CSP: Thwarting cross-site scripting and click-jacking attacks
by Daniel Bachfeld
Content Security Policies are designed to prevent cross-site scripting and other attack types. Firefox 4 is the first browser to support this new concept.
By transmitting the frame-ancestor header parameter, a web server signals to the browser that a loaded page mustn't be opened in an iframe. This prevents click-jackers from including transparent iframes that trick users into clicking on invisible elements. Unlike the X-Frame-Options (XFO) header, an anti-click-jacking solution preferred by Microsoft, CSP allows a domain list to be included, which offers considerably more flexibility. The new header can also determine whether a browser is to load further content via HTTP or via HTTPS.
CSP is said to be fully backward compatible. If a web site doesn't send a CSP header, Firefox will simply fall back on the Same-Origin Policy. Browsers that don't support CSP will simply ignore the header. The Mozilla Foundation's Brendan Sterne, who is the master-mind behind CSP, has set up a test page that demonstrates the use of the various CSP parameters and options. CSP also allows admins to define a URI to which to send a message in case of a policy violation. This not only helps admins discover attacks, it also assists them with troubleshooting when making the switch.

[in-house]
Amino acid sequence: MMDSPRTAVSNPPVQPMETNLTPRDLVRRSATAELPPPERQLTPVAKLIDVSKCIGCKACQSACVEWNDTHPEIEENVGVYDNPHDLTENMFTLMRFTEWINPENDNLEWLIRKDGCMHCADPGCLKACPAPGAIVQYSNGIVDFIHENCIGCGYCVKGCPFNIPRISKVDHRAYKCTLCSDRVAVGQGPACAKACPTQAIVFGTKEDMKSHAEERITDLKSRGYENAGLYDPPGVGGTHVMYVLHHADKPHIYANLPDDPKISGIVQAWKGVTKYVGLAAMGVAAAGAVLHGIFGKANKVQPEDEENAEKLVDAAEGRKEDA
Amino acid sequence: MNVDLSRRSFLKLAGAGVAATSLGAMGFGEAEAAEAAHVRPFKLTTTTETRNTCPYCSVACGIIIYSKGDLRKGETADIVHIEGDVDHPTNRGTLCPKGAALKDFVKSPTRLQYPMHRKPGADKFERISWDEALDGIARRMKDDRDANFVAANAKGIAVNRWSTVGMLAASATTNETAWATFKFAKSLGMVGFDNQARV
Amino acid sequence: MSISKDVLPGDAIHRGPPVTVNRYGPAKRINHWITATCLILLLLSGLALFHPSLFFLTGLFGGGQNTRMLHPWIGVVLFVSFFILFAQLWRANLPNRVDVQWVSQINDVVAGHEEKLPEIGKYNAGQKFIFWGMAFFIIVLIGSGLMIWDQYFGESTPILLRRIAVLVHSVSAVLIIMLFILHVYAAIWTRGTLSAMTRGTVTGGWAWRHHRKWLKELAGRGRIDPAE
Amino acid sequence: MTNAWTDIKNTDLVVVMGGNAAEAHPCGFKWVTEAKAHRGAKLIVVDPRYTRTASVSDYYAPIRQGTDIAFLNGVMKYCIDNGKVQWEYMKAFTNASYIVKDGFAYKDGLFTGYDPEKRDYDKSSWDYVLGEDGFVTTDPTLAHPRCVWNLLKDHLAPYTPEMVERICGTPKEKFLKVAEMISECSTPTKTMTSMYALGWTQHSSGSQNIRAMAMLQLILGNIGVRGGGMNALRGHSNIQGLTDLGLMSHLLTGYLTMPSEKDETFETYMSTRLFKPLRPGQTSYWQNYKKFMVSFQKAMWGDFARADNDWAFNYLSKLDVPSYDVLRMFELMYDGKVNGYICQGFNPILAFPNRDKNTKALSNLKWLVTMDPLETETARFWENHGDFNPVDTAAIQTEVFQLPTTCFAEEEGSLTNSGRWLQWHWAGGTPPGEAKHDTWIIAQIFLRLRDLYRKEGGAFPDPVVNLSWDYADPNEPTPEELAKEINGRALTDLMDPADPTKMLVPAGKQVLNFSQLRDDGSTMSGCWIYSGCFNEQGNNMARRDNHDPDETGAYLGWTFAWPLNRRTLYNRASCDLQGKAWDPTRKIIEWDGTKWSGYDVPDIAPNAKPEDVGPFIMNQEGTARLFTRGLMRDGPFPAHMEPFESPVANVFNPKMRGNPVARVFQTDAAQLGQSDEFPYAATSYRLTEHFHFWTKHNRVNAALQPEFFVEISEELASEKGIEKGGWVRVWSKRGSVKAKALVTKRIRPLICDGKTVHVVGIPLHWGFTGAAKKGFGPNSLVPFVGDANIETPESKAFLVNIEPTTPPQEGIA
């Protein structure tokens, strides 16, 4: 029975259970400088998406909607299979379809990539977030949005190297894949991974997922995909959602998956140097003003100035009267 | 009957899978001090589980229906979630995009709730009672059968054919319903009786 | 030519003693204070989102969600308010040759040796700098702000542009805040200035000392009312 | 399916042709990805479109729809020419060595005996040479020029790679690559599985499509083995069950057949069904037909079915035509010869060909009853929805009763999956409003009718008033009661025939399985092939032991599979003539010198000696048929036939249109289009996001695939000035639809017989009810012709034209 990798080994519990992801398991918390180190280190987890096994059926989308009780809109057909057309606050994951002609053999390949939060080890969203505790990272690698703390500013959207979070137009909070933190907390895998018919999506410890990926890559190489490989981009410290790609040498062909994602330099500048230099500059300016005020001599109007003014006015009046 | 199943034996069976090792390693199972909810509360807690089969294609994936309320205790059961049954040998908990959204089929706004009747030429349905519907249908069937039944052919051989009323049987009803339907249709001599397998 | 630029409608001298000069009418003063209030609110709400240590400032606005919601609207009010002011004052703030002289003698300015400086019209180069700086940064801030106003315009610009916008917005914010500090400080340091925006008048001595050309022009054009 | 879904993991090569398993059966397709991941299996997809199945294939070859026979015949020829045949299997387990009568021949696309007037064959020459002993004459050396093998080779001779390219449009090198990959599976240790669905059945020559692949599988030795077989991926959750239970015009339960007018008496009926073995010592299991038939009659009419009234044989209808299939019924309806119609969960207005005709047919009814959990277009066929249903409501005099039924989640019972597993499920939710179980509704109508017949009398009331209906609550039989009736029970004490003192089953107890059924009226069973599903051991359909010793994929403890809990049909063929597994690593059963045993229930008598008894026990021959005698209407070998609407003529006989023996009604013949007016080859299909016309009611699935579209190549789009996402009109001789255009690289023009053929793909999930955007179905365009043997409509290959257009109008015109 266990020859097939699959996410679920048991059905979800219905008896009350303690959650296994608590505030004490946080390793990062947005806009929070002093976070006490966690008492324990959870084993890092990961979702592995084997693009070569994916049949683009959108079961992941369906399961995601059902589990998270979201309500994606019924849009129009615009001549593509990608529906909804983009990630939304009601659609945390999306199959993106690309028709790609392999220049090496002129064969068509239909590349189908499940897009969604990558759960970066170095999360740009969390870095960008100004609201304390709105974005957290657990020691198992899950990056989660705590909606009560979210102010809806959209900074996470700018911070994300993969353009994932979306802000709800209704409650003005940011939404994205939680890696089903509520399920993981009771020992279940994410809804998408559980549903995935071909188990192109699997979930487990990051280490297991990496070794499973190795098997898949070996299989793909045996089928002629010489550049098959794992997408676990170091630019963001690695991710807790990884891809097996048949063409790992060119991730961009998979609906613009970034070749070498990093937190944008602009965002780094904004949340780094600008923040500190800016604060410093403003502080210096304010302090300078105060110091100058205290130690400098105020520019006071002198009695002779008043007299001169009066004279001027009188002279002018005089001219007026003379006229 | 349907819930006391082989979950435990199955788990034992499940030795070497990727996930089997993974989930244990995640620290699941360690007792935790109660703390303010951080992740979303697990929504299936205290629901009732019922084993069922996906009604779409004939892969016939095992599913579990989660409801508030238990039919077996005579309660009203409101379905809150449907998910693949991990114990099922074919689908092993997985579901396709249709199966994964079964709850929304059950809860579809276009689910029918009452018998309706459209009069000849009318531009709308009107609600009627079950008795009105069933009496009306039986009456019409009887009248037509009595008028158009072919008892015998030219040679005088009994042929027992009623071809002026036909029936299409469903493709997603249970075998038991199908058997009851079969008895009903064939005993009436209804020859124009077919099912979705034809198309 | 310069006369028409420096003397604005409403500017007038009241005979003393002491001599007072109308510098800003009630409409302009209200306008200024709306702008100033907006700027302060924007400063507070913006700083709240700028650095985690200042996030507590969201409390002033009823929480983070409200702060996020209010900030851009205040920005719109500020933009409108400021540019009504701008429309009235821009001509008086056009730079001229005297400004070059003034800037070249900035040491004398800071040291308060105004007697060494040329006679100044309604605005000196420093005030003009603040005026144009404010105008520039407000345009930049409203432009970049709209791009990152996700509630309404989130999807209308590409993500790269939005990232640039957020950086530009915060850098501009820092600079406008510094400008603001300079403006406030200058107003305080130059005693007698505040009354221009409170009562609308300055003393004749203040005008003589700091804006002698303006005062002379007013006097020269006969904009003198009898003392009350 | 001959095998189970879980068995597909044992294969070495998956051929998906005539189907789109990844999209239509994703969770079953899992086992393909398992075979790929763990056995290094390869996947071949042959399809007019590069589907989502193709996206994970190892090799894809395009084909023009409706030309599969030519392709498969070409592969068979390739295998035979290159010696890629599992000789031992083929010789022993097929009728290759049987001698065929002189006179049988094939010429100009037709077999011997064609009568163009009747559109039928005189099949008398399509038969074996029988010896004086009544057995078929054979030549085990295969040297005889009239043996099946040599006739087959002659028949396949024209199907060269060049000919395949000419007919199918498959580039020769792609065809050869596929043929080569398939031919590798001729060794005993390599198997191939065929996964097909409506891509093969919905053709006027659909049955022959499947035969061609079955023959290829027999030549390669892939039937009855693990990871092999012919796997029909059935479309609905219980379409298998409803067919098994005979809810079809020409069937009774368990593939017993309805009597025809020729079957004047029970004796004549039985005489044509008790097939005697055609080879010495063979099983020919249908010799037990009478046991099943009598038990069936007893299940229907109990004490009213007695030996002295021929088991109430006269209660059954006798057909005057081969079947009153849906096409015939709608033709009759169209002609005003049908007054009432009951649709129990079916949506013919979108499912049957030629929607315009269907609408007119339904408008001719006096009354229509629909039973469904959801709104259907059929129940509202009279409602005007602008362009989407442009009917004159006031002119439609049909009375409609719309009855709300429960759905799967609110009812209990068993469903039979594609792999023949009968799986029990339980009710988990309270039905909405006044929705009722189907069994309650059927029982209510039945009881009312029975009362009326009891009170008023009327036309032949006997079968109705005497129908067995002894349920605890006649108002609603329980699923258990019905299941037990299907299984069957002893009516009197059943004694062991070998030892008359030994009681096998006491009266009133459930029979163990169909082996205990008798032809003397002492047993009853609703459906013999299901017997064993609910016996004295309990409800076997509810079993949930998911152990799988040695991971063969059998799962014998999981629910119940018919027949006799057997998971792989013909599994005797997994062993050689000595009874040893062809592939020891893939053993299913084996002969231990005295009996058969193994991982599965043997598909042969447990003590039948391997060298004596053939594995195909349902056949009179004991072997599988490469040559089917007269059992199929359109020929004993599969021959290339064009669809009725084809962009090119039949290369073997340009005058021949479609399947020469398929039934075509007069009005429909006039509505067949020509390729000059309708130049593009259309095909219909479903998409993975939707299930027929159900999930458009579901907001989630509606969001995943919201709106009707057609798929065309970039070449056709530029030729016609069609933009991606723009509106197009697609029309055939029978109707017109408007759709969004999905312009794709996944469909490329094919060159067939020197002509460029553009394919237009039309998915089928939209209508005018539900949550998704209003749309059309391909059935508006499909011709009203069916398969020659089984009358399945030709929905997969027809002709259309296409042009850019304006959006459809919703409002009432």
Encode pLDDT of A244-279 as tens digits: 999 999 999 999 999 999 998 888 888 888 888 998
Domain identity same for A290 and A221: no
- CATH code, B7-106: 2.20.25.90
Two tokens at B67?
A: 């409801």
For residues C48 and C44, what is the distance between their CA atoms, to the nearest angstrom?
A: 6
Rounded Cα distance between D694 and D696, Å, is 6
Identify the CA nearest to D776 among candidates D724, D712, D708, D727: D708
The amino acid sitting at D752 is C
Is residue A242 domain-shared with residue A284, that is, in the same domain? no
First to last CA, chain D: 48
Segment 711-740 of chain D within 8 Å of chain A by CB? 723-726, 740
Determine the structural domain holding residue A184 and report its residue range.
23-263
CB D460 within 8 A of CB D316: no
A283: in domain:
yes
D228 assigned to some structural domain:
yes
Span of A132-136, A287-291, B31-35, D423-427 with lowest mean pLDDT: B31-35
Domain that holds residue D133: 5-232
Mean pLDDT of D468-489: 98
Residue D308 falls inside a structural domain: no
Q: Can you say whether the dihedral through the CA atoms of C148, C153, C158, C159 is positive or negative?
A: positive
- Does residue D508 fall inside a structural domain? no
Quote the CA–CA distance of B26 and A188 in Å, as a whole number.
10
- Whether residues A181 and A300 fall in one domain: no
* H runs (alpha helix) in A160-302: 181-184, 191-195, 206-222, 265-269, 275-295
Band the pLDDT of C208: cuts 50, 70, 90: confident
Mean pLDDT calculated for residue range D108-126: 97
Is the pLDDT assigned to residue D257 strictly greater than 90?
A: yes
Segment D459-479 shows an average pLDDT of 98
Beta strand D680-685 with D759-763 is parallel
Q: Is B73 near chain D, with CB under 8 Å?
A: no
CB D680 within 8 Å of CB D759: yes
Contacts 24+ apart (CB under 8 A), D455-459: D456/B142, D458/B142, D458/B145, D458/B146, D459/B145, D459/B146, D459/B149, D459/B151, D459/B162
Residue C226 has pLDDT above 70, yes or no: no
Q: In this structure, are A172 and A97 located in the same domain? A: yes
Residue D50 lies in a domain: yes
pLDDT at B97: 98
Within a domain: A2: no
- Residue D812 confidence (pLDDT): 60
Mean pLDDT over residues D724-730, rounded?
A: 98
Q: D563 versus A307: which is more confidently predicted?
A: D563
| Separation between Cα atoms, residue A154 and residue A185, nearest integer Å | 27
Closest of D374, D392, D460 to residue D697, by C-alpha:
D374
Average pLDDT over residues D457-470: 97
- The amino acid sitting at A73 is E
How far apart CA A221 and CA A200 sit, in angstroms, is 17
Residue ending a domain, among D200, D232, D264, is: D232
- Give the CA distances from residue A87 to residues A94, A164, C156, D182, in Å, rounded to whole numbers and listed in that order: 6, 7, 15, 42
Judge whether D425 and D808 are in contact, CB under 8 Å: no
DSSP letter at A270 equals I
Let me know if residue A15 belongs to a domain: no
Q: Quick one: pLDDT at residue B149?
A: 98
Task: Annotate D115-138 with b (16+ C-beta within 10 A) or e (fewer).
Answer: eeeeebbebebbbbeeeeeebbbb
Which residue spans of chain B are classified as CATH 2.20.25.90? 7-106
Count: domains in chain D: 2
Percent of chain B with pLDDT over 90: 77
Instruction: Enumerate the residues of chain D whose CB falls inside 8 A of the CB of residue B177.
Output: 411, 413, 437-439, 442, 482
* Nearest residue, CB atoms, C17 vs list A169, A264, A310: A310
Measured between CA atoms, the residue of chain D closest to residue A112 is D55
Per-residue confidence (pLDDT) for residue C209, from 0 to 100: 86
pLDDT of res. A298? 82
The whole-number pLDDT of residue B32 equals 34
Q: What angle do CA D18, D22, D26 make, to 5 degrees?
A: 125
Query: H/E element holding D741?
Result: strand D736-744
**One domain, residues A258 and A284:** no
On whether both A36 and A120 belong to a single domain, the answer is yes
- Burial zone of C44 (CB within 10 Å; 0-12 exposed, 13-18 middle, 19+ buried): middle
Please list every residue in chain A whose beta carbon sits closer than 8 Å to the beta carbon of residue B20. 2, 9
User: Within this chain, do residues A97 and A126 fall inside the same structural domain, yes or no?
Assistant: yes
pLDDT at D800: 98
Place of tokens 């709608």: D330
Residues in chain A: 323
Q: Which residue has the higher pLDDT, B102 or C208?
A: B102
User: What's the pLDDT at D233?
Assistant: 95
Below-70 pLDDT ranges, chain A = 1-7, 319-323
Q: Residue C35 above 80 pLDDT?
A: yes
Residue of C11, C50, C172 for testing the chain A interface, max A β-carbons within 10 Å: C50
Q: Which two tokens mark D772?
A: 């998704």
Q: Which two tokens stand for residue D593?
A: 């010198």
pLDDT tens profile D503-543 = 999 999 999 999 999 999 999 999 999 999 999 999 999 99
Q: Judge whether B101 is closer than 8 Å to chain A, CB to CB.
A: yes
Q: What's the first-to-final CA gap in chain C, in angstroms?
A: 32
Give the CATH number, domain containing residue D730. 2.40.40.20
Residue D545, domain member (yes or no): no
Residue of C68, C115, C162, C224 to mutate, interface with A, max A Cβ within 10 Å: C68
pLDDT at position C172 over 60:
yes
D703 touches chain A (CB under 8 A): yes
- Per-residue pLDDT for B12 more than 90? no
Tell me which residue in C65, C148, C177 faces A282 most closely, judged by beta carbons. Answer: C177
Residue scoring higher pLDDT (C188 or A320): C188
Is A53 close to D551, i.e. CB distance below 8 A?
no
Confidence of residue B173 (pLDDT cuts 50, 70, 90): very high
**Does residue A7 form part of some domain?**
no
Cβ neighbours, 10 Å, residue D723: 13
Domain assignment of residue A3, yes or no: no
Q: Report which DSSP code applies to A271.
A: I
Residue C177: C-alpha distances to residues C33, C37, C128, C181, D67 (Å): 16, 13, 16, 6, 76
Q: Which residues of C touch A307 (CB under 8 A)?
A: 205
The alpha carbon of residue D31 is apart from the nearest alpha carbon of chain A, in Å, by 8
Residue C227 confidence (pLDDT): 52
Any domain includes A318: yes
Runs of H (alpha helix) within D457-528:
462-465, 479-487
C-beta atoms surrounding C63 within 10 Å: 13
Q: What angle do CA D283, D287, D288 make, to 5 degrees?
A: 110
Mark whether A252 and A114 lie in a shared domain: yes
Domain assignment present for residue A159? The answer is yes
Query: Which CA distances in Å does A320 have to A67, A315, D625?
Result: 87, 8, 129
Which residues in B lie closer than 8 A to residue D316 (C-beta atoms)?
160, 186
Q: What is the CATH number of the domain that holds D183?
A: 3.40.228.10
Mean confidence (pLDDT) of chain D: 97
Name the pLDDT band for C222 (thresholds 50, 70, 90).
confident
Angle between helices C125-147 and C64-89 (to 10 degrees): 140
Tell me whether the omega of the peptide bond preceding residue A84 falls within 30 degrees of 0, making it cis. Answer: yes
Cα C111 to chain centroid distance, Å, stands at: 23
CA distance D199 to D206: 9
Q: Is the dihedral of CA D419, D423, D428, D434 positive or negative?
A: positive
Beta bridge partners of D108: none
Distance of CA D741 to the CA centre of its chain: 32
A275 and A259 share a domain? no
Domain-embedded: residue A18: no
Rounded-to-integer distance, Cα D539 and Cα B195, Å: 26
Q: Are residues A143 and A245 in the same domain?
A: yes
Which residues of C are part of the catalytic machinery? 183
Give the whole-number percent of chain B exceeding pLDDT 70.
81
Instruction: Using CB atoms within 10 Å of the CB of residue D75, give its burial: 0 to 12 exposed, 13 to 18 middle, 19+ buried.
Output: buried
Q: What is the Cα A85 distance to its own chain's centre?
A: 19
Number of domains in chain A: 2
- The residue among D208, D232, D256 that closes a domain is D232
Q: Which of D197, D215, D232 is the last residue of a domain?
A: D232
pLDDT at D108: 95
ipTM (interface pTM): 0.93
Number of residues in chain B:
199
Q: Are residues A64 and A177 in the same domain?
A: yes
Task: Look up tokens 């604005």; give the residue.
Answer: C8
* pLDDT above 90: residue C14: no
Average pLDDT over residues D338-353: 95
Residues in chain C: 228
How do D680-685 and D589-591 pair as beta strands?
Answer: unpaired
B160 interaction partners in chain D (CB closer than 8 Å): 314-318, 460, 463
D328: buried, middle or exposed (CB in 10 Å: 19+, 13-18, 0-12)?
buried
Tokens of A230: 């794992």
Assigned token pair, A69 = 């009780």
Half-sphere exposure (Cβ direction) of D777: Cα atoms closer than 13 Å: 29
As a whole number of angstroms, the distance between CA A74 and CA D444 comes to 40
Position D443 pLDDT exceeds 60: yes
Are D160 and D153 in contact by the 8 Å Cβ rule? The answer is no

In addition to Firefox, Thunderbird 3.3 and SeaMonkey 2.1 are soon planned to support CSP on the client side. Now, the only thing missing is that further browsers and web server operators adopt the new concept. Most browser developers previously implemented their own anti-XSS functions and counted on the X-Frame-Options header to prevent click-jacking attacks. However, this strategy found no acceptance with web site operators. One can only hope that CSP will be better received. Help with adapting, for instance, a custom content management system is available via plug-ins such as those for WordPress, Drupal and the Django web framework. (dab)